The window sizes are standard in the front of the house, being six over six panes of glass, many of which still have the hand blown panes of glass in place. At the front right side of the two story brick addition, the rooms are the full depth of the structure. The front entrance to the house and its doorway is flanked by two solid pilasters, topped by a fixed four paned glass transom. The two exterior doors in the front hallway are pine and very typical of the “Federal Period” in design. Even though the windows all appear to be the same exteriorly the interior of the window frames differ. Each of the first floor pair of front, side and rear windows in the brick section of the house is very interesting to the extent that the interior sills are stepped and are unlike any other landmark homes in East New Market. Furthermore the interior of the windows on the north side of the first floor brick addition, consist of moldings that deliver a strong visual impact of the “Greek Revival Period” in its woodworking designs that surround the four windows and doorway. This same molding design is mirrored in the central hallway around its three doors. It’s assumed that with the overall architectural style of “New Market House” as it currently presents itself, omitting the columned front porch, and the Victorian apex of the roof the house would be closer to the “Federal Period” in design and certainly not the Greek or Georgian Periods. The front entrance to the house had a marble stepping stone in place at one time before the columned porch was added. This stepping stone was removed and placed in the area of the existing side porch on the south side of the house. The stone was engraved with the initials of “R.A.” and dated 1882. During this time the house was owned by a Rebecca Andrews and it can only be assumed that these initials belonged to Ms. Andrews. The later brick addition, as constructed must have been a testament and an example of her interests and life style at that time. The present kitchen, porches and bathroom were added between, 1920-30 by Lydia Thomas Hackett Allen. During this time three of the six fireplaces were closed to conserve on heating the house which had no central heating system. Four of the six fireplaces are functional at the present time.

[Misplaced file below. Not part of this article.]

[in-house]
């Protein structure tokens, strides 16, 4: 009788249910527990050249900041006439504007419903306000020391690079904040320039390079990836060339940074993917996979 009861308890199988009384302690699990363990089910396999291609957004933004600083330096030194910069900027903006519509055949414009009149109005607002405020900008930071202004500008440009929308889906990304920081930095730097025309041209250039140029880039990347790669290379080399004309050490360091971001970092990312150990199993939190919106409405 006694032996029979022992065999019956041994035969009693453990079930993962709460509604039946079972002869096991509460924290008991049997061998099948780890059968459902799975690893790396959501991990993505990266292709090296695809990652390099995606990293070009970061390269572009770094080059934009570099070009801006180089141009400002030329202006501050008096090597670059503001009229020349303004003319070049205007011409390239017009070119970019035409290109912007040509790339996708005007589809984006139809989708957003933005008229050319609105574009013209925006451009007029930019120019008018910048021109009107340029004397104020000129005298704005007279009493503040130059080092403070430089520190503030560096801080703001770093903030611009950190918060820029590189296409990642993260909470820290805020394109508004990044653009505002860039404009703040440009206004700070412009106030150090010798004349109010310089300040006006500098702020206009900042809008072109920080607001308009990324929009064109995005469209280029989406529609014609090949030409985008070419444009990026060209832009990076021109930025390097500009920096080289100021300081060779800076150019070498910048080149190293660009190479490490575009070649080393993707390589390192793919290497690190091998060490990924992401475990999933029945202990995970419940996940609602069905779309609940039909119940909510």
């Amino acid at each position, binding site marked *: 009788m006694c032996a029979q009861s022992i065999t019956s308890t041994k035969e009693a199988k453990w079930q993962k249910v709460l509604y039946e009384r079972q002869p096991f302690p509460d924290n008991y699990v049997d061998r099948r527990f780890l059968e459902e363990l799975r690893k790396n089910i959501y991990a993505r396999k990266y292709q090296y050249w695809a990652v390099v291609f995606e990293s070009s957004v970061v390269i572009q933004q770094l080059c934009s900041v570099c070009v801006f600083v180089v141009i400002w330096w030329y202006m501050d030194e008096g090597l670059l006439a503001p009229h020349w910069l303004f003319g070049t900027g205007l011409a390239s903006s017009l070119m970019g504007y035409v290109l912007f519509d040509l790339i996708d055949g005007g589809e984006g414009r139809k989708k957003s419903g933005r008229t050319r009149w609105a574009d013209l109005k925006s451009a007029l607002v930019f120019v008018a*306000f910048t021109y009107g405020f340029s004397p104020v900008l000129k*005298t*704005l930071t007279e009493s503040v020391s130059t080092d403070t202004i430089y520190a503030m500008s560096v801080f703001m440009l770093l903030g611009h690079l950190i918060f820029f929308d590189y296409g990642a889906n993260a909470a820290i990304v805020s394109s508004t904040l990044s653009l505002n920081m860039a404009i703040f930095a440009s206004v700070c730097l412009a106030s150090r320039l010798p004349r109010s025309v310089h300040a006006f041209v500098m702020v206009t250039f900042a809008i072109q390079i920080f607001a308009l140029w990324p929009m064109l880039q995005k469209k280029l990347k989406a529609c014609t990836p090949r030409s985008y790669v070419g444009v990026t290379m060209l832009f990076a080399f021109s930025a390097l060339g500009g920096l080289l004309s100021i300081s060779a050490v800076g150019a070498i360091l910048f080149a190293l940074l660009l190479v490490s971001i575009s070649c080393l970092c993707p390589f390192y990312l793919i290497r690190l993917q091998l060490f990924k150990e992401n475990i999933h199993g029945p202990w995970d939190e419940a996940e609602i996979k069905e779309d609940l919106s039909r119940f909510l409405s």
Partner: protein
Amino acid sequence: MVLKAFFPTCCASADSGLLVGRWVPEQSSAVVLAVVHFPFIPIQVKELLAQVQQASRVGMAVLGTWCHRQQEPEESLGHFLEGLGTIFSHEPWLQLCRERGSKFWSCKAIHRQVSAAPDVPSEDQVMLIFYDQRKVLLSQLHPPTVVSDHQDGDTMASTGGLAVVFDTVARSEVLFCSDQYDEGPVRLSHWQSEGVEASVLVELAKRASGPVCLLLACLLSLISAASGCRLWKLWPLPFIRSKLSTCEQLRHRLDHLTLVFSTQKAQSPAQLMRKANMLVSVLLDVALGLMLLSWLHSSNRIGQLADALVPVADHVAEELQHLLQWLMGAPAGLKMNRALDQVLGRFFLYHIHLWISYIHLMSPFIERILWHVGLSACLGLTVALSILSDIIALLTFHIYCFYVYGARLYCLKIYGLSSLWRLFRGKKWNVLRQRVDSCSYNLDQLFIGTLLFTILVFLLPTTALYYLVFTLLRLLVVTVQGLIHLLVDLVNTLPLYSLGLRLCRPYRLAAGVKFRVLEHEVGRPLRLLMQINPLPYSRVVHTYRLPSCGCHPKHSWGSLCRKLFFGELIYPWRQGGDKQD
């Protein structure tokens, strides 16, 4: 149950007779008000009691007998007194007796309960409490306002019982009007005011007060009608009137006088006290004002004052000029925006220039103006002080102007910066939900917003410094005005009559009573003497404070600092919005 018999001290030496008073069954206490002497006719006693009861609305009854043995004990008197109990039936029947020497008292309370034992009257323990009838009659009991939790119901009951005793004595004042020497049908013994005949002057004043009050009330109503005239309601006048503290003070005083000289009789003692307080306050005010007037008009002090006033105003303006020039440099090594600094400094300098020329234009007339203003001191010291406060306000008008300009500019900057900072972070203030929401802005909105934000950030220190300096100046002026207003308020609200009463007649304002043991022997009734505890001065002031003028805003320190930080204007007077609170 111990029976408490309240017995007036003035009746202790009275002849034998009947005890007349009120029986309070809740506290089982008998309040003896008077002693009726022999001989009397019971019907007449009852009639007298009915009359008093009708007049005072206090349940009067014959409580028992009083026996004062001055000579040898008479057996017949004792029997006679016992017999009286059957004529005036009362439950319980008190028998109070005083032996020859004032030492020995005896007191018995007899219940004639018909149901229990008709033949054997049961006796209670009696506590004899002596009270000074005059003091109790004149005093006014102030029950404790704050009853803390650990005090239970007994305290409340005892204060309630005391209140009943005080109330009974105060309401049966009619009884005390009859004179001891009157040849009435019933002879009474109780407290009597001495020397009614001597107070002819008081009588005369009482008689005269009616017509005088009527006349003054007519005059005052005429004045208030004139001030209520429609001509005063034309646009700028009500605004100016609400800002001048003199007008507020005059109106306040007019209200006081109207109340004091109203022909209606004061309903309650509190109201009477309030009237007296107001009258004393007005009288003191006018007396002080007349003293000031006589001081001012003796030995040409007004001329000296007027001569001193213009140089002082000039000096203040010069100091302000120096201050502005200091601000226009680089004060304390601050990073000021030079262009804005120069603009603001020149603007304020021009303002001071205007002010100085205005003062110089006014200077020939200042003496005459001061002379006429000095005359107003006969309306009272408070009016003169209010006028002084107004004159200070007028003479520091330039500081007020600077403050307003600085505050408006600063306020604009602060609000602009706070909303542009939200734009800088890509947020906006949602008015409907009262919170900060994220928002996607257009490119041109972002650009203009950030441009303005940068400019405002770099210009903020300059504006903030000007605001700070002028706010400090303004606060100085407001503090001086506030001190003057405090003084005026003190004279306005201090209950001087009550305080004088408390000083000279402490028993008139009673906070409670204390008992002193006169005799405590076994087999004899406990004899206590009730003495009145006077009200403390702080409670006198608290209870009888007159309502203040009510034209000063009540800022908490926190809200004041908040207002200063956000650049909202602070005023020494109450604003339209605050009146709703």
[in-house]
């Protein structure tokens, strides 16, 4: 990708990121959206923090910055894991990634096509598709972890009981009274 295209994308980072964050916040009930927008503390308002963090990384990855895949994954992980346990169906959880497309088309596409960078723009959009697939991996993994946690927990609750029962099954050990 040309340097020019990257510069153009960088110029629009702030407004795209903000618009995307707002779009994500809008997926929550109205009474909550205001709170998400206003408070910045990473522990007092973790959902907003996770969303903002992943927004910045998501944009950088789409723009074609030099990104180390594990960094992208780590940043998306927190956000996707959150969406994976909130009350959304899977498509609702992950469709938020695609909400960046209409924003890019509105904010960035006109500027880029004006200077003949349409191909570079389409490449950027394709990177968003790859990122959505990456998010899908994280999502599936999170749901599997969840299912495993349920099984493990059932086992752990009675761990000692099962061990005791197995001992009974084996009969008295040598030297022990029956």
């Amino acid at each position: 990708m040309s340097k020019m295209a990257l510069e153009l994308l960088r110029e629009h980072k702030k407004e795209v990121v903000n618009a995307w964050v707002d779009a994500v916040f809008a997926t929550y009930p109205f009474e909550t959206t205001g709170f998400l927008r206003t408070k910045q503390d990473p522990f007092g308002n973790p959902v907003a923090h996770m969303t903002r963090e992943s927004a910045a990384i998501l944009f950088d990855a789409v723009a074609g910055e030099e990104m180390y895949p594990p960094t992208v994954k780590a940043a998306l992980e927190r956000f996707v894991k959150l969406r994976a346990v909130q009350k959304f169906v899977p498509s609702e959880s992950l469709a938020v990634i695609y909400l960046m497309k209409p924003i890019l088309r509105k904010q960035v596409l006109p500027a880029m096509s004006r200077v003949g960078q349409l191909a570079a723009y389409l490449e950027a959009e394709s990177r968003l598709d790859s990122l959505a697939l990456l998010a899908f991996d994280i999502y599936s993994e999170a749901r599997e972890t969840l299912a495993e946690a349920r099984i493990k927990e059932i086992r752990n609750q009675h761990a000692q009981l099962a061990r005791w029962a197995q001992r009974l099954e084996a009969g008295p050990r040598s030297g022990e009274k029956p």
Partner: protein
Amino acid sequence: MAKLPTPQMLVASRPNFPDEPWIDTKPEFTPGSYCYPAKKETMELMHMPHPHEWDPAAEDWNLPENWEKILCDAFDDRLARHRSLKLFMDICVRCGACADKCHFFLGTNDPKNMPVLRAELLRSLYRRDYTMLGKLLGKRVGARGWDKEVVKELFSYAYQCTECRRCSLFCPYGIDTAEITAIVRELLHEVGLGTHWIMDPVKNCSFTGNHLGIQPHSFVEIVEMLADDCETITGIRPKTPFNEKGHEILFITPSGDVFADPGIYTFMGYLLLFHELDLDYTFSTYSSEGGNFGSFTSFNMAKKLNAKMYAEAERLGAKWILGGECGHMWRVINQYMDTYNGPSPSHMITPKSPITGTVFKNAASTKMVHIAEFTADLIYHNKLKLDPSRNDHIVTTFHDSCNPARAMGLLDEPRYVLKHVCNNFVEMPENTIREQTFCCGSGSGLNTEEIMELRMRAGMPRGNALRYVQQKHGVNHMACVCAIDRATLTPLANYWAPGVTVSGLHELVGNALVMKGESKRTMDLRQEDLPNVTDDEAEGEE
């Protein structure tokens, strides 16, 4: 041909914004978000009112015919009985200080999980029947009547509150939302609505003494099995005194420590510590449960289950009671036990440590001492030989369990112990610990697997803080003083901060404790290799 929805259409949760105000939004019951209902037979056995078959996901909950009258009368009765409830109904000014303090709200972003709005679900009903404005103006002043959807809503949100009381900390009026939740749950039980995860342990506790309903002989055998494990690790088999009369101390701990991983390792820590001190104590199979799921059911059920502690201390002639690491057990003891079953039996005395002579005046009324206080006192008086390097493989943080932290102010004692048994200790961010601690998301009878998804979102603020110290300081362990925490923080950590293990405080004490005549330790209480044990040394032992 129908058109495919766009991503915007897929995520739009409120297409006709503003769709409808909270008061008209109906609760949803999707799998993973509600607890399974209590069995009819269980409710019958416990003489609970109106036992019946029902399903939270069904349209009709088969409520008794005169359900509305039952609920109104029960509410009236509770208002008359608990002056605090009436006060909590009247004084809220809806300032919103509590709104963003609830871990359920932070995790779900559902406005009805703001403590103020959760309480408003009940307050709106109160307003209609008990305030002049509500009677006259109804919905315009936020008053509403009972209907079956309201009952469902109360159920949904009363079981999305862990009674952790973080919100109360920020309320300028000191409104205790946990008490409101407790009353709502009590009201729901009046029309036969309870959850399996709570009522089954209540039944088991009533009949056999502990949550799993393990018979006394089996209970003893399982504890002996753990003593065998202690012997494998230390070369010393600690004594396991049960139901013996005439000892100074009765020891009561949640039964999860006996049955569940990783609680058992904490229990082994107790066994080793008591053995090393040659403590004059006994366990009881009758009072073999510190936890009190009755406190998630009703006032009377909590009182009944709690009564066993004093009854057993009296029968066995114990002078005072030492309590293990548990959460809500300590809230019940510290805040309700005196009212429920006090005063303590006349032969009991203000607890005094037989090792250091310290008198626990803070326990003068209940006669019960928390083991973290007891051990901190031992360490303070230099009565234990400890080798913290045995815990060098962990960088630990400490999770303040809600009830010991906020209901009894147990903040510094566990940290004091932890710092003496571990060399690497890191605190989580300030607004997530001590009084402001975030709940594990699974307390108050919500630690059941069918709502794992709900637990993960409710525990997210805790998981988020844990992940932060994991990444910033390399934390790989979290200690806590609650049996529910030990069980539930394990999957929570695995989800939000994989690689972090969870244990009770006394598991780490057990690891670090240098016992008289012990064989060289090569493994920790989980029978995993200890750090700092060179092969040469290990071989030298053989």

In addition to the main house there were five structures located on the property as late as 1920, and even into the 1940’s. These structures consisted of a small storage building near to the rear of the house on it’s southwest corner, a small smokehouse, a two hole privy, a small one story and a half barn with a lounging pound adjacent to the barn was utilized for a limited number of horses/cows. Located in the back, next to the rear property line, was a small chicken house. None of these structures exist today, but do demonstrate what is certain to have been present on many of the properties in the early history of East New Market.

From "Between The Nanticoke and the Choptank, An Architectural History of Dorchester County, Maryland"   Edited by Christopher Weeks, with contributions by Michael O. Bourne, Geoffrey Henry, Catherine Moore, Calvin Mowbray, M. Fred Tidwell.

New Market House - This handsome yellow brick house has several possible dates of construction between 1787 and 1829.  It has been added to several times since then, particularly the gable on the facade.  For many years it was called the Atkinson House, after the occupant of this house in the period between 1861 and 1880.

The Daily Banner - 30 July 1923 - Historic Houses
The Wagaman House, now owned and occupied by Mr. Samuel Thomas, is built of brick, as are all of the others mentioned except Mrs. Maurice's property, and was used as a place for slave trading, buying and selling.  The closets are still in the garret where the slaves were hidden.  [Error Note - this house was never owned by the Waggaman family.]